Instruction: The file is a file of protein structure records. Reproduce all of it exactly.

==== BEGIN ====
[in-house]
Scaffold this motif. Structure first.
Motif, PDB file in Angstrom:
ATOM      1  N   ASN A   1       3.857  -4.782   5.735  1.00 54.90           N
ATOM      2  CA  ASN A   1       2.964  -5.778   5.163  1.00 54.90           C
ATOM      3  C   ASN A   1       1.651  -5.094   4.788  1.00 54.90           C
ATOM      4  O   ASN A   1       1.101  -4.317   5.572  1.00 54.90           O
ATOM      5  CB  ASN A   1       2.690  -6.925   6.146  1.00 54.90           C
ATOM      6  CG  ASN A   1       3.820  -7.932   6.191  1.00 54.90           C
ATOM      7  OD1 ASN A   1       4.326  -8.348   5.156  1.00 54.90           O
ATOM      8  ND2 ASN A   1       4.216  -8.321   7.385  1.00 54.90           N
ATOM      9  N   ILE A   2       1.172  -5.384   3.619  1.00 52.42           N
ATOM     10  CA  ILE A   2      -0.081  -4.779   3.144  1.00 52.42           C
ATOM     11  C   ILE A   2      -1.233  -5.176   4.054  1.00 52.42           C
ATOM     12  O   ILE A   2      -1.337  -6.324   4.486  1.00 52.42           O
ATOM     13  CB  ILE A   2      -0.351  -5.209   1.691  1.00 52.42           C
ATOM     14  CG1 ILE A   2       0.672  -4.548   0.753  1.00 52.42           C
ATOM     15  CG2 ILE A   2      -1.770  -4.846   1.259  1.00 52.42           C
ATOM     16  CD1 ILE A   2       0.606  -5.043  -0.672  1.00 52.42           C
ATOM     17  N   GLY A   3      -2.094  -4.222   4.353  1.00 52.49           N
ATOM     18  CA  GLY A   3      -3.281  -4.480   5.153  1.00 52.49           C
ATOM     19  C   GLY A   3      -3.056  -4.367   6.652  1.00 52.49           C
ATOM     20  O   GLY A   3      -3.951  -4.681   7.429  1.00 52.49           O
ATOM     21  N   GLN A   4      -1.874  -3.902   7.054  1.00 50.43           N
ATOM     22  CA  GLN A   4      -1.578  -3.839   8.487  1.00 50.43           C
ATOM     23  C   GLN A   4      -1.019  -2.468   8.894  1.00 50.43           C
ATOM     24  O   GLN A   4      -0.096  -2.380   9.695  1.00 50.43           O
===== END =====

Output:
[in-house]
Scaffold this motif. Structure first.
Motif, PDB file in Angstrom:
ATOM      1  N   ASN A   1       3.857  -4.782   5.735  1.00 54.90           N
ATOM      2  CA  ASN A   1       2.964  -5.778   5.163  1.00 54.90           C
ATOM      3  C   ASN A   1       1.651  -5.094   4.788  1.00 54.90           C
ATOM      4  O   ASN A   1       1.101  -4.317   5.572  1.00 54.90           O
ATOM      5  CB  ASN A   1       2.690  -6.925   6.146  1.00 54.90           C
ATOM      6  CG  ASN A   1       3.820  -7.932   6.191  1.00 54.90           C
ATOM      7  OD1 ASN A   1       4.326  -8.348   5.156  1.00 54.90           O
ATOM      8  ND2 ASN A   1       4.216  -8.321   7.385  1.00 54.90           N
ATOM      9  N   ILE A   2       1.172  -5.384   3.619  1.00 52.42           N
ATOM     10  CA  ILE A   2      -0.081  -4.779   3.144  1.00 52.42           C
ATOM     11  C   ILE A   2      -1.233  -5.176   4.054  1.00 52.42           C
ATOM     12  O   ILE A   2      -1.337  -6.324   4.486  1.00 52.42           O
ATOM     13  CB  ILE A   2      -0.351  -5.209   1.691  1.00 52.42           C
ATOM     14  CG1 ILE A   2       0.672  -4.548   0.753  1.00 52.42           C
ATOM     15  CG2 ILE A   2      -1.770  -4.846   1.259  1.00 52.42           C
ATOM     16  CD1 ILE A   2       0.606  -5.043  -0.672  1.00 52.42           C
ATOM     17  N   GLY A   3      -2.094  -4.222   4.353  1.00 52.49           N
ATOM     18  CA  GLY A   3      -3.281  -4.480   5.153  1.00 52.49           C
ATOM     19  C   GLY A   3      -3.056  -4.367   6.652  1.00 52.49           C
ATOM     20  O   GLY A   3      -3.951  -4.681   7.429  1.00 52.49           O
ATOM     21  N   GLN A   4      -1.874  -3.902   7.054  1.00 50.43           N
ATOM     22  CA  GLN A   4      -1.578  -3.839   8.487  1.00 50.43           C
ATOM     23  C   GLN A   4      -1.019  -2.468   8.894  1.00 50.43           C
ATOM     24  O   GLN A   4      -0.096  -2.380   9.695  1.00 50.43           O